Modeling the Thermal Inactivation Kinetics of Heat-Resistant Salmonella Enteritidis and Oranienburg in 10 Percent Salted Liquid Egg Yolk
Source: Journal of Food Protection®, Number 6, June 2011, pp. 872-1040 , pp. 882-892(11)
Abstract:There is no suitable model for predicting thermal inactivation kinetics of Salmonella spp. for many types of liquid egg products, including salted liquid egg yolk, for use in updating U.S. Department of Agriculture (USDA) pasteurization guidelines. This is because, in part, of the variations in Salmonella strains and the changes in the processing of liquid egg products over the past 40 years. The objectives of the present study were to determine the thermal inactivation kinetics and to create a general thermal inactivation kinetics model that can be used for estimating log reductions of salmonellae in 10% salted liquid egg yolk for temperatures between 62.2 and 69°C. This model can be used by processors to help ensure adequate pasteurization. This was accomplished by studying the inactivation kinetics of a three-strain composite of heat-resistant Salmonella serovars Enteritidis and Oranienburg, inoculated into commercially processed 10% salted liquid egg yolk. The survival curves were convex, with asymptotic D-values. From these curves, a general model was developed to predict log reductions for given times at specified temperatures. For example, at a temperature of 67.3°C (153.1°F) for 3.5 min, our model predicts a 5-log reduction would be obtained, whereas with the current USDA minimum required pasteurization regimen (63.33°C [146°F] for 3.5 min), our model predicts that a reduction of only 2.7 log would be obtained. The results of this study provide information that can be used by processors to aid in producing safe, pasteurized egg yolk products, and for satisfying USDA pasteurization performance standards and developing industry guidance.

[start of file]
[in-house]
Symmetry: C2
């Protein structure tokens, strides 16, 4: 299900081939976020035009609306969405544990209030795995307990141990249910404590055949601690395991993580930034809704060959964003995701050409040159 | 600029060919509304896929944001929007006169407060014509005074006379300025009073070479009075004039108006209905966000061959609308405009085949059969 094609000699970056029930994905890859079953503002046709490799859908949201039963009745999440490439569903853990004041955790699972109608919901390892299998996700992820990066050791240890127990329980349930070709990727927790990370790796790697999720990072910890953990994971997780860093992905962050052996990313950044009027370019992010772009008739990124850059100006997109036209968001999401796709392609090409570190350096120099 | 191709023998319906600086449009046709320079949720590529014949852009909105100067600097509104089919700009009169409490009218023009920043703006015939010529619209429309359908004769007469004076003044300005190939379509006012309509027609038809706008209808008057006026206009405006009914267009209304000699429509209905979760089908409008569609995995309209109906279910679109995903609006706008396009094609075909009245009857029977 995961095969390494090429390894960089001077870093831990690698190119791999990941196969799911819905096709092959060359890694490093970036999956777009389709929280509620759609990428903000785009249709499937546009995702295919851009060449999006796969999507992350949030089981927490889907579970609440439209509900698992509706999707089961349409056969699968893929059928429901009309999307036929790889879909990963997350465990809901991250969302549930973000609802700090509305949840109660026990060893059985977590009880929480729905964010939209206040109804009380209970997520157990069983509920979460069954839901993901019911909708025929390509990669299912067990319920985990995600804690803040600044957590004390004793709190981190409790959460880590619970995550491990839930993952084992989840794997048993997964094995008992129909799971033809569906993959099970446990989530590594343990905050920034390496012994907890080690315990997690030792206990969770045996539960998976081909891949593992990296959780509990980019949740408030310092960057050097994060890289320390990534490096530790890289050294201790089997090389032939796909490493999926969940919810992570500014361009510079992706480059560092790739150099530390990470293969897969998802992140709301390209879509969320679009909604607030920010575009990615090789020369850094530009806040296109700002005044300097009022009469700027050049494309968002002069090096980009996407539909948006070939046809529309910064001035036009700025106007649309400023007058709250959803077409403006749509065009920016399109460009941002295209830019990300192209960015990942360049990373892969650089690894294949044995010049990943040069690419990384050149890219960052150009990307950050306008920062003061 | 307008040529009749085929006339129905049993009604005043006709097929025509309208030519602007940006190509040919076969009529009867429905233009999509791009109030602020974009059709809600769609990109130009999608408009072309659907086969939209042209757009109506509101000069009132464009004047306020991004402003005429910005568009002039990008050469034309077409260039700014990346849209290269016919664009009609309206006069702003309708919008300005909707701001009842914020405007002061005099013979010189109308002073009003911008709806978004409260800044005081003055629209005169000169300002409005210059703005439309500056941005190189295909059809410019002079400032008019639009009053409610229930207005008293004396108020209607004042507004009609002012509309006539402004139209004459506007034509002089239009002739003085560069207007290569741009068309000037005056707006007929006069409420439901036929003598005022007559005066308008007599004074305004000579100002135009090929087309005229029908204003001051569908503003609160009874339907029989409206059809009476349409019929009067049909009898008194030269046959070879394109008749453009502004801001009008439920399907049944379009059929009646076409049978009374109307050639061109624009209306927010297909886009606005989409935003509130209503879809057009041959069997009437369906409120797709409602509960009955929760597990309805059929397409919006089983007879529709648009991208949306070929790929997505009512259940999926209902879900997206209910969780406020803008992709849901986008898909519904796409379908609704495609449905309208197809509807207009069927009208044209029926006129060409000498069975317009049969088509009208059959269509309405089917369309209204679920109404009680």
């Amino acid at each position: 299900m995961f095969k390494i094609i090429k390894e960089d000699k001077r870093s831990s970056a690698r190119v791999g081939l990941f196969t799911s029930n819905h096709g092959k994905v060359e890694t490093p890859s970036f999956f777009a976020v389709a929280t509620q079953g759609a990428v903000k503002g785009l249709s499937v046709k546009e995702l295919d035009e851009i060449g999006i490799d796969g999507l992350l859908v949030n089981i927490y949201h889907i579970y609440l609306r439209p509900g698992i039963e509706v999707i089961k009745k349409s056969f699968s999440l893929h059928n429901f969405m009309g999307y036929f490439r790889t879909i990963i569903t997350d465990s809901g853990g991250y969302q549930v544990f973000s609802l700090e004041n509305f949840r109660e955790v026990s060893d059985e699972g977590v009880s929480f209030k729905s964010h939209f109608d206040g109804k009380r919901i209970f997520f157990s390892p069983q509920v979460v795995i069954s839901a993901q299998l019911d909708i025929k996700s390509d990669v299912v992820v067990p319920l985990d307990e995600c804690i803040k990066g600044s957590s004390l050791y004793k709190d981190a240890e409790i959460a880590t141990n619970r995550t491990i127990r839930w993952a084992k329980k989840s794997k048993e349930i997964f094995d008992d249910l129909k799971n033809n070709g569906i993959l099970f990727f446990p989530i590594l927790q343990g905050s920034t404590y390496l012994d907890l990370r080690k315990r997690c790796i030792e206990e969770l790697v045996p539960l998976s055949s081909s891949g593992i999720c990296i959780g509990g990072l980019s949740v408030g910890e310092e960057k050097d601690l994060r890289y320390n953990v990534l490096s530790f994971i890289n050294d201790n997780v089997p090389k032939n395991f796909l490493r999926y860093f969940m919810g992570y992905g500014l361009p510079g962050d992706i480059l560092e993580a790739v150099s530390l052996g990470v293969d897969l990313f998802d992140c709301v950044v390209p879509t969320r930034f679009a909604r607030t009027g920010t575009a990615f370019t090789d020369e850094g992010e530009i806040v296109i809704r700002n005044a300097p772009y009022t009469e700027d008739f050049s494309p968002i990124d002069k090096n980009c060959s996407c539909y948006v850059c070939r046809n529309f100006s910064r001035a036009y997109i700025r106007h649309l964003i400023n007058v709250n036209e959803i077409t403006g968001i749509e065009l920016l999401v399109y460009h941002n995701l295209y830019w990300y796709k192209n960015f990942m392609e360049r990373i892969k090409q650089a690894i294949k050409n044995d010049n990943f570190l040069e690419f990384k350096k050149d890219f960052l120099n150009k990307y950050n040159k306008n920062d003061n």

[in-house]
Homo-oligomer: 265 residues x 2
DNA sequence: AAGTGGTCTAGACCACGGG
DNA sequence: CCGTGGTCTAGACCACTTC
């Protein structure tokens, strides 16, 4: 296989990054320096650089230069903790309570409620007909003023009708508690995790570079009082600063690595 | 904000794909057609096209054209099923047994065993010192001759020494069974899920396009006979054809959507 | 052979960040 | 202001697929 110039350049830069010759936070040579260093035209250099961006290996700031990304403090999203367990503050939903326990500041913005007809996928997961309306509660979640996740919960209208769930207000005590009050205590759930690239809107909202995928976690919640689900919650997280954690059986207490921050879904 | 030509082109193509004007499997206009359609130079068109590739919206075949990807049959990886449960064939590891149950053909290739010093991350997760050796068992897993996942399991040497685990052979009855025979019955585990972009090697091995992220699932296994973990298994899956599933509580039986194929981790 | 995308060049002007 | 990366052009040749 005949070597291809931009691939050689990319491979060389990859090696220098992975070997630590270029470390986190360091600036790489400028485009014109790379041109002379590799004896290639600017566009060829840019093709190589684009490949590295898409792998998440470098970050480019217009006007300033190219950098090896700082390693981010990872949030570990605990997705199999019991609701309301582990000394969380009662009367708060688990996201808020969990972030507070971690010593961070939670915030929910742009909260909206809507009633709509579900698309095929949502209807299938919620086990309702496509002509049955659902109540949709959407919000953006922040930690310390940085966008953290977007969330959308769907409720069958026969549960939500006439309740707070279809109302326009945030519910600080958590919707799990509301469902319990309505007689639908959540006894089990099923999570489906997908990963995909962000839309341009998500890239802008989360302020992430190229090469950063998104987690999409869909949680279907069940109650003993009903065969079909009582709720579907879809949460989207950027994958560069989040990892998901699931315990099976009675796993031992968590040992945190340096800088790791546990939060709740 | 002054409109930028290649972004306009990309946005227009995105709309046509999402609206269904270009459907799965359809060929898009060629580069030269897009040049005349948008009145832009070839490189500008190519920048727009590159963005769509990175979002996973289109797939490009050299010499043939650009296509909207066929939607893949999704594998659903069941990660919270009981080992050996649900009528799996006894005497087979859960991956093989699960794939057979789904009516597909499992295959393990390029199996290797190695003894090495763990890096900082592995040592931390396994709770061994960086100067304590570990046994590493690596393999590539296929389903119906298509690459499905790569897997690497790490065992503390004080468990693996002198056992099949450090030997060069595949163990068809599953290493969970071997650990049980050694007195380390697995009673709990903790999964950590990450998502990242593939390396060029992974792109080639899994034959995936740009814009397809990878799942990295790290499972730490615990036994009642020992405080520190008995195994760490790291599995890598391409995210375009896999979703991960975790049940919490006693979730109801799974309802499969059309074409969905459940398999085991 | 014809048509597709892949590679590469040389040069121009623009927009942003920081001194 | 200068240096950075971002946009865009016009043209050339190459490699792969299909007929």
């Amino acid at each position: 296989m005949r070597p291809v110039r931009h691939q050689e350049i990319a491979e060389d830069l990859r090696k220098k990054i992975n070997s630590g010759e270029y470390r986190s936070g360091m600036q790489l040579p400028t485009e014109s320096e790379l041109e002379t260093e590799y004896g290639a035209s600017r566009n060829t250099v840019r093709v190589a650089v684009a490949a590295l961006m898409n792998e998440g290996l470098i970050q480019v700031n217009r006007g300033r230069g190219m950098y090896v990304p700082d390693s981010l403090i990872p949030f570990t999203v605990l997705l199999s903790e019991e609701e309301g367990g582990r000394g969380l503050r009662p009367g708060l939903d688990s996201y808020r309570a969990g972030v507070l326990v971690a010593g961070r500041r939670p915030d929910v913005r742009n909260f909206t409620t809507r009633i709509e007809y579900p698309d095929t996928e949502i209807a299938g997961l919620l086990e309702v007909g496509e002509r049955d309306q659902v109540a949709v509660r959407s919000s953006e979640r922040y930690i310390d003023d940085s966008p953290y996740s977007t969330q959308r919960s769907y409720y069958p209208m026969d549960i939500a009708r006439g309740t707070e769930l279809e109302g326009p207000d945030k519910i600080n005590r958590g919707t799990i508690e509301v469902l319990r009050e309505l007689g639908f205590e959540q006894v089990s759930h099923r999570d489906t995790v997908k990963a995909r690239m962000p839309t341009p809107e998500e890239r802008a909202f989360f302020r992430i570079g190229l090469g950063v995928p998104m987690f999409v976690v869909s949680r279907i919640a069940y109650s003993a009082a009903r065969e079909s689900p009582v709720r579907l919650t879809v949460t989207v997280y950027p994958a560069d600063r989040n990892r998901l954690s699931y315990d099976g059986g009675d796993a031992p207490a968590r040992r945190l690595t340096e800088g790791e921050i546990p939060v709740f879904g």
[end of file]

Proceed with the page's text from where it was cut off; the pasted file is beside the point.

Document Type: Research Article
Affiliations: 1: U.S. Department of Agriculture, Agricultural Research Service, Food Safety Intervention Technologies Research Unit, Eastern Regional Research Center, 600 East Mermaid Lane, Wyndmoor, Pennsylvania 19038-8551, USA. Joshua.email@example.com 2: U.S. Department of Agriculture, Food Safety and Inspection Service, 1400 Independence Avenue S.W., Washington, D.C. 20250, USA 3: U.S. Department of Agriculture, Agricultural Research Service, Egg Safety and Quality Research Unit, Richard B. Russell Agricultural Research Center, 950 College Station Road, Athens, Georgia 30605, USA 4: U.S. Department of Agriculture, Agricultural Research Service, Food Safety Intervention Technologies Research Unit, Eastern Regional Research Center, 600 East Mermaid Lane, Wyndmoor, Pennsylvania 19038-8551, USA 5: U.S. Department of Agriculture, Food Safety and Inspection Service, 200 Discovery Drive, College Station, Texas 77845, USA
Publication date: June 1, 2011
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